As college costs climb, parents are doing a better job of saving for their children’s college needs instead of relying too heavily on debt.
“More parents than ever — especially between their early 20s to mid-40s — are purposely and regularly saving for their children’s education,” said Richard J. Polimeni, chair of the Washington, D.C.-based College Savings Foundation.
The percentage of parents saving money for their children’s college education hit an all-time high — 83 percent — in the 11th Annual State of College Savings survey by the foundation, a nonprofit helping American families save for higher education.’
Of those who are saving, 71 percent had put away more than $5,000 per child and 36 percent said 529 college savings plans were their primary savings vehicles.
A 529 plan is a tax-advantaged savings plan designed to encourage setting aside funds for future college costs. Money in a 529 plan grows tax-deferred and the earnings are never taxed as long as it is used for qualified educational expenses.
The savings plans are operated by a state or educational institution. They are named after Section 529 of the Internal Revenue Code, which created them in 1996.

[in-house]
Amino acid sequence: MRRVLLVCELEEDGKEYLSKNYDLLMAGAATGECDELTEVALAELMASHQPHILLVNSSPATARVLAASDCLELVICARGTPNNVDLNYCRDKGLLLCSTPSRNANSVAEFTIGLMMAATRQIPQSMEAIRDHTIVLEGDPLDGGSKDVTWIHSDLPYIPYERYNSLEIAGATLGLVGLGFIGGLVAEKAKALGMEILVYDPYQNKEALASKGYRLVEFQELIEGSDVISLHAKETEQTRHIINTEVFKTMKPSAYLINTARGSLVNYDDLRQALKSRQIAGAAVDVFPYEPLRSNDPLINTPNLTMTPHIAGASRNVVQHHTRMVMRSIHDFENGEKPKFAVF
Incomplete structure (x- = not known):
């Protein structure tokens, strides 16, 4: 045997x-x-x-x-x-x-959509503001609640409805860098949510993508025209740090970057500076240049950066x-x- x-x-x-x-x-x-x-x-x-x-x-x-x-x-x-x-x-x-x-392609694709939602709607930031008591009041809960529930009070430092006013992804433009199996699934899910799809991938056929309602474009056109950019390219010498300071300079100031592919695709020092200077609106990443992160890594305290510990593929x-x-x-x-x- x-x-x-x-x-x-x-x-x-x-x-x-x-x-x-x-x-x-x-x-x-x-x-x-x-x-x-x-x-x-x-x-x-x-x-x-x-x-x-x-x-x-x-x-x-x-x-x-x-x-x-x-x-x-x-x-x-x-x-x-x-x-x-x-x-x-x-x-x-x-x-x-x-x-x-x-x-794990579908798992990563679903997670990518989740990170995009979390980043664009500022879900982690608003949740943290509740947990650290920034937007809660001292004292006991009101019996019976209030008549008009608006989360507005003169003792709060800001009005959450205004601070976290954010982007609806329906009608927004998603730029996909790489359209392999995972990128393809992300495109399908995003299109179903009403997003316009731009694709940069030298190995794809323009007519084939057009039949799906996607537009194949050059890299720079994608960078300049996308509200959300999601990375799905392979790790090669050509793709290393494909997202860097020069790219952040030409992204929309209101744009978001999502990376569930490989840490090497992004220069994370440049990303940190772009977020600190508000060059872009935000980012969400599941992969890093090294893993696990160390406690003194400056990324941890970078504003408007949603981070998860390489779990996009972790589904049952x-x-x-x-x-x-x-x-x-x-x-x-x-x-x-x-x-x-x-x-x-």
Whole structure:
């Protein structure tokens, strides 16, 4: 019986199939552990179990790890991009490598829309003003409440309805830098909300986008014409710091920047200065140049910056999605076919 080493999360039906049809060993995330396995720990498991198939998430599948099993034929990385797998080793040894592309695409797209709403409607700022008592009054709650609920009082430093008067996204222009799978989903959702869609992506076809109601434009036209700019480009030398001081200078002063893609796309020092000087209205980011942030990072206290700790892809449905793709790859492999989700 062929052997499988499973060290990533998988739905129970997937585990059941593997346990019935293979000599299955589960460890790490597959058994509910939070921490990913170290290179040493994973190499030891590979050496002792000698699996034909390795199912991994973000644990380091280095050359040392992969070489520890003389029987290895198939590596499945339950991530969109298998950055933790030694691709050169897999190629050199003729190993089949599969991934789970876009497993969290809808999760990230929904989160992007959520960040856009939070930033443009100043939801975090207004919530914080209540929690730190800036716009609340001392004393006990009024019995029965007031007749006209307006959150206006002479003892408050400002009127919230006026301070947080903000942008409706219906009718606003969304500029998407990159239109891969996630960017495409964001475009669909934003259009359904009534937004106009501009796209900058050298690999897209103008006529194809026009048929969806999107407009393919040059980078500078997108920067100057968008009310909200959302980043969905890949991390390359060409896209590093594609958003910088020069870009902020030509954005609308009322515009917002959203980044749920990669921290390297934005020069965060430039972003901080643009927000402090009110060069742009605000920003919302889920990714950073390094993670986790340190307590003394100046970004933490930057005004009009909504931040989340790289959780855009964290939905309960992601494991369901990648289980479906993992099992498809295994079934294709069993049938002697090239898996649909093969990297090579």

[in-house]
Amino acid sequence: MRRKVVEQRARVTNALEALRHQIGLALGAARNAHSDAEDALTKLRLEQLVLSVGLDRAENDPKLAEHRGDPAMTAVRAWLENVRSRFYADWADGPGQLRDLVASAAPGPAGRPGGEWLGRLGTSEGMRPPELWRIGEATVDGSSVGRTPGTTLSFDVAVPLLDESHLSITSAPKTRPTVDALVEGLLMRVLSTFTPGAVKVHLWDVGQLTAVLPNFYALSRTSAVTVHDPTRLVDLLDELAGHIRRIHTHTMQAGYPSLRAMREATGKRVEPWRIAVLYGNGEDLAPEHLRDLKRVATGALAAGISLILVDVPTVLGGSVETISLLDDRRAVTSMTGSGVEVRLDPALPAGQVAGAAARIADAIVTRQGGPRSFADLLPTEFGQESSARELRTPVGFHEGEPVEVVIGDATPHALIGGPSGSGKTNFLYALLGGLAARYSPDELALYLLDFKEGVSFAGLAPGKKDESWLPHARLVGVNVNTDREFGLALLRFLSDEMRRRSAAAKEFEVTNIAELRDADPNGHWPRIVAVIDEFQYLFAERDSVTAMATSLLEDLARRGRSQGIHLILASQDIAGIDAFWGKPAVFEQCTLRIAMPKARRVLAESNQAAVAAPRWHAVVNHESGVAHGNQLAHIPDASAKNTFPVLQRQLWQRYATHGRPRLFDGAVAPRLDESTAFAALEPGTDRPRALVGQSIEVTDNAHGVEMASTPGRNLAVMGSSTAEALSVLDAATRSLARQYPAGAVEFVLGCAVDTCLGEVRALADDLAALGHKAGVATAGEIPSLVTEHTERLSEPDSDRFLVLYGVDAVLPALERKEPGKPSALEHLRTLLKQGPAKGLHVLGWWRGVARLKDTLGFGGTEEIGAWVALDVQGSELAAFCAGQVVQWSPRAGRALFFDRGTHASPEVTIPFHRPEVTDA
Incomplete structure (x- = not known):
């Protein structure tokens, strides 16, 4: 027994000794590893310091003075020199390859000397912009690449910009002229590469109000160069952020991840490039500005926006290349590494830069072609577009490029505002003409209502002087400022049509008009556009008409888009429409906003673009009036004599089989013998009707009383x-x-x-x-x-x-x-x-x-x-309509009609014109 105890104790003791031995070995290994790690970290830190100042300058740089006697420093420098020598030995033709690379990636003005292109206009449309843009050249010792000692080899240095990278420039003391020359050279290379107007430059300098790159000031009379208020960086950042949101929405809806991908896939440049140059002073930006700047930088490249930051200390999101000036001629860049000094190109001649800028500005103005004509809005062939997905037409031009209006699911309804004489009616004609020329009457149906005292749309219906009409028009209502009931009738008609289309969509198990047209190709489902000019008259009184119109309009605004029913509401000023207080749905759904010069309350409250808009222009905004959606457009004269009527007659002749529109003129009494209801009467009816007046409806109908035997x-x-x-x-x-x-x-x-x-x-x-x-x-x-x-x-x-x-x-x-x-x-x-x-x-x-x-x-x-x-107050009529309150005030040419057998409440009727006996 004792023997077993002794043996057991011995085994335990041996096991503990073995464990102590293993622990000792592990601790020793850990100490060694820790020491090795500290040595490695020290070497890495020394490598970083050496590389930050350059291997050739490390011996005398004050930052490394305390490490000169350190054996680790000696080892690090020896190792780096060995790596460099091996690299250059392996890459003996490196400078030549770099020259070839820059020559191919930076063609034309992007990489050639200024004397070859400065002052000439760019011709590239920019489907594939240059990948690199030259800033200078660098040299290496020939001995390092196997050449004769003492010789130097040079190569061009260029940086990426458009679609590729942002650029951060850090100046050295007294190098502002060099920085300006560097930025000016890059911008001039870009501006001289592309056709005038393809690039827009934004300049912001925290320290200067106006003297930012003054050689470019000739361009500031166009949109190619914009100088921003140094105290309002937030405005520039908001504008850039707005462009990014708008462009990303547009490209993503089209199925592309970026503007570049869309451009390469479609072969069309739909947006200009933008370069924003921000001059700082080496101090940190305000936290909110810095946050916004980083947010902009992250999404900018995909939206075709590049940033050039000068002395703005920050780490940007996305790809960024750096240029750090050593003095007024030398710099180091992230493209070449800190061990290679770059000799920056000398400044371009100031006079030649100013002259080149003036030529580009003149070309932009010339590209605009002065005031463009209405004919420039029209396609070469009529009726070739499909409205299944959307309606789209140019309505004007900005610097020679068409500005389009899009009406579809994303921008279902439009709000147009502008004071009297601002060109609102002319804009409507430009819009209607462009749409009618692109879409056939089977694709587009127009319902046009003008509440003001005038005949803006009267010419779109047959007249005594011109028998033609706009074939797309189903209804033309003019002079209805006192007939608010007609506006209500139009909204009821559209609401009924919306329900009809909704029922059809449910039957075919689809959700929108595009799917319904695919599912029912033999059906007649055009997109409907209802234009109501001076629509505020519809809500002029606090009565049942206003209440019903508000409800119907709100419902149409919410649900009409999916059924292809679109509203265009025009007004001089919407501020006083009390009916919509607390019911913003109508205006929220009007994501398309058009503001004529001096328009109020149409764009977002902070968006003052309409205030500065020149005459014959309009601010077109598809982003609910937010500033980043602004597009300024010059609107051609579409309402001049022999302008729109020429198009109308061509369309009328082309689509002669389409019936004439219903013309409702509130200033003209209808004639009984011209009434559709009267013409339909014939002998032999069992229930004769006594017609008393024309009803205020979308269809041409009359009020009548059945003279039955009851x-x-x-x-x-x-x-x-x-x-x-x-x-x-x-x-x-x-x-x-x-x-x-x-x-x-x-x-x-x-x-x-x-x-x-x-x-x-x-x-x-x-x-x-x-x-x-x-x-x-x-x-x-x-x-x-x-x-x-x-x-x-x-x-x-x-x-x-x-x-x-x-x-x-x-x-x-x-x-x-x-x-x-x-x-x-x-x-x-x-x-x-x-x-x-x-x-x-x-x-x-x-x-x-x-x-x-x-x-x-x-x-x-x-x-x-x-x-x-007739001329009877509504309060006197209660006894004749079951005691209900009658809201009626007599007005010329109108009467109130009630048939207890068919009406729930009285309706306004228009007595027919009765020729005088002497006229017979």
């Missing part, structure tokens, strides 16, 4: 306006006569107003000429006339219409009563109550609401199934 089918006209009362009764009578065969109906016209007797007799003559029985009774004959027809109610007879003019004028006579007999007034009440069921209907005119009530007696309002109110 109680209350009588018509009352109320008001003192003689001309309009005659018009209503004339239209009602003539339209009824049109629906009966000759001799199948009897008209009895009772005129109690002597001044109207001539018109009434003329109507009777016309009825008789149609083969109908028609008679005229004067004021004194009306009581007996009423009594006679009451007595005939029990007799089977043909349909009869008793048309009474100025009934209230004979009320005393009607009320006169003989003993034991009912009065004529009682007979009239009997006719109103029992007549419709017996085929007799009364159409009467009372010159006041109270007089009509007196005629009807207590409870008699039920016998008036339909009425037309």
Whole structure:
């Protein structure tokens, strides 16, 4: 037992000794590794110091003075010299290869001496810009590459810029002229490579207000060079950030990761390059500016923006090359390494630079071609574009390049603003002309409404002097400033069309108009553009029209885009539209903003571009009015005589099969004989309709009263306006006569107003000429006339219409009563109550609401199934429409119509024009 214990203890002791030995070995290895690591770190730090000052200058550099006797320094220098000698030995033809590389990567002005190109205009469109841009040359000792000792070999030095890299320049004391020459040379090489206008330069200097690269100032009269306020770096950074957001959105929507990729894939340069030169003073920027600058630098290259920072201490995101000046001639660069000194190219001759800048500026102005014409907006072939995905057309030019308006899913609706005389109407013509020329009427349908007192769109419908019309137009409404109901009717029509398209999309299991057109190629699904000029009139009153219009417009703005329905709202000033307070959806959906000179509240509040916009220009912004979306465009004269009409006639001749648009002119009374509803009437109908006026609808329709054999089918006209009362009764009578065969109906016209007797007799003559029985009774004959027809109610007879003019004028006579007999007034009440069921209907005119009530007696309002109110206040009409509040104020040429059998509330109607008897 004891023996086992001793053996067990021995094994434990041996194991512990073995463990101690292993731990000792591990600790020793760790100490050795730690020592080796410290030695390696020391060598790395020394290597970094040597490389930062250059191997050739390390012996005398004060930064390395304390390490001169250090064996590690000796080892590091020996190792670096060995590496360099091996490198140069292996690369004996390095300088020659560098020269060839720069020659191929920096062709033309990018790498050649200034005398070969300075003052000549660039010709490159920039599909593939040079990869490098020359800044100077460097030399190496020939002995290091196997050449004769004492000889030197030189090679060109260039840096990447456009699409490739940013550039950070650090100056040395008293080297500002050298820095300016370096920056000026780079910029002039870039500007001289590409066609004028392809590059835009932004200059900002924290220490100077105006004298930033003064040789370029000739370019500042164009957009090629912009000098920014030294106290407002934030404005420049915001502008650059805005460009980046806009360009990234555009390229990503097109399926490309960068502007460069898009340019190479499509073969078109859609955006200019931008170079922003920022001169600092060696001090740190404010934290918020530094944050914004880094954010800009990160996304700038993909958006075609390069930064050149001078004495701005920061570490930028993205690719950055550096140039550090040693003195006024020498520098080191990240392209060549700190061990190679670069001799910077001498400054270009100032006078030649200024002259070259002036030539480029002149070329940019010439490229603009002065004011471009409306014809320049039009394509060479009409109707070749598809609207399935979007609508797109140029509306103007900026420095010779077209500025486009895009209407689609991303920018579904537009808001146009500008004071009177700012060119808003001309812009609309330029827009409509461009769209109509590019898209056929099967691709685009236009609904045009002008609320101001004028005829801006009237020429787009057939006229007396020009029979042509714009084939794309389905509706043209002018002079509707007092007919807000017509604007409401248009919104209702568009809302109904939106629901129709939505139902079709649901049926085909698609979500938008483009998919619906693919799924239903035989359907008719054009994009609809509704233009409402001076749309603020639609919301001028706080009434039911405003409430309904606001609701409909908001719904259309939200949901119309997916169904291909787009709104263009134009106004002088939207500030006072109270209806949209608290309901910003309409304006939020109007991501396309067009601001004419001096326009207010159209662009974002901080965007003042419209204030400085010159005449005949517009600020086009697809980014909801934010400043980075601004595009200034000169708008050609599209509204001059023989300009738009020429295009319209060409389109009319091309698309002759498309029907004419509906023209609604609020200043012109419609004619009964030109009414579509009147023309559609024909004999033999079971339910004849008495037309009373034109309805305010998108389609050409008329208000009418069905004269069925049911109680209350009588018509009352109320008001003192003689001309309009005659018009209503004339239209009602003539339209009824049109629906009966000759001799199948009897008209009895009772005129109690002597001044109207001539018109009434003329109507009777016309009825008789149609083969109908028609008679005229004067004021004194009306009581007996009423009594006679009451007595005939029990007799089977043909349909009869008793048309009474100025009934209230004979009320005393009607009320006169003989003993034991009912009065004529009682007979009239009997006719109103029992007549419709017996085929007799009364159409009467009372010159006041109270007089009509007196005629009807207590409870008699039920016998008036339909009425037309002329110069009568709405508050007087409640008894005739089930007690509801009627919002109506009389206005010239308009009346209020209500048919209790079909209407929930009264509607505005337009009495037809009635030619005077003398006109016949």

“We are really encouraged by these stats on saving for college,” said Mr. Polimeni, who works as director of education savings plans at Bank of America Merrill Lynch in Pennington, N.J. “Student debt now stands at $1.4 trillion. That’s $37,000 per student that graduated and borrowed money.”
The survey of 800 parents across the country, evenly divided across income levels also found that parents are looking for ways to reduce college costs.
Top strategies are attending community college for two years and transferring to a four-year college [ 29 percent]; living at home [22 percent], and attending a state school [15 percent].
Tim Grant: firstname.lastname@example.org or 412-263-1591.
First Published September 29, 2017.